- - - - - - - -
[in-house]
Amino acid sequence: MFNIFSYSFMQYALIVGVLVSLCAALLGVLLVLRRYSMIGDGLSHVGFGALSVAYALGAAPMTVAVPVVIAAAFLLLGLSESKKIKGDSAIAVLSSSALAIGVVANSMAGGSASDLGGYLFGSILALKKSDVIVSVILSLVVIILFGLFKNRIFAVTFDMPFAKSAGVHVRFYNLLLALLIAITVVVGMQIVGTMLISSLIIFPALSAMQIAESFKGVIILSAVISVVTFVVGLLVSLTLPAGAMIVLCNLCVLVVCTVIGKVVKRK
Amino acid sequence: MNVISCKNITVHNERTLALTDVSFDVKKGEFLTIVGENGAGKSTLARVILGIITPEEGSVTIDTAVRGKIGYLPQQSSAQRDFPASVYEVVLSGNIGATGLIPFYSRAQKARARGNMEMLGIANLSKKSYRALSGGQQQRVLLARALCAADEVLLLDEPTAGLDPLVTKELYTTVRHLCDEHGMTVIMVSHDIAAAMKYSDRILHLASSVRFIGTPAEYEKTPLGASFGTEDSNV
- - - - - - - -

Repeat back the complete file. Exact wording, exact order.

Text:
[in-house]
Amino acid sequence: MFNIFSYSFMQYALIVGVLVSLCAALLGVLLVLRRYSMIGDGLSHVGFGALSVAYALGAAPMTVAVPVVIAAAFLLLGLSESKKIKGDSAIAVLSSSALAIGVVANSMAGGSASDLGGYLFGSILALKKSDVIVSVILSLVVIILFGLFKNRIFAVTFDMPFAKSAGVHVRFYNLLLALLIAITVVVGMQIVGTMLISSLIIFPALSAMQIAESFKGVIILSAVISVVTFVVGLLVSLTLPAGAMIVLCNLCVLVVCTVIGKVVKRK
Amino acid sequence: MNVISCKNITVHNERTLALTDVSFDVKKGEFLTIVGENGAGKSTLARVILGIITPEEGSVTIDTAVRGKIGYLPQQSSAQRDFPASVYEVVLSGNIGATGLIPFYSRAQKARARGNMEMLGIANLSKKSYRALSGGQQQRVLLARALCAADEVLLLDEPTAGLDPLVTKELYTTVRHLCDEHGMTVIMVSHDIAAAMKYSDRILHLASSVRFIGTPAEYEKTPLGASFGTEDSNV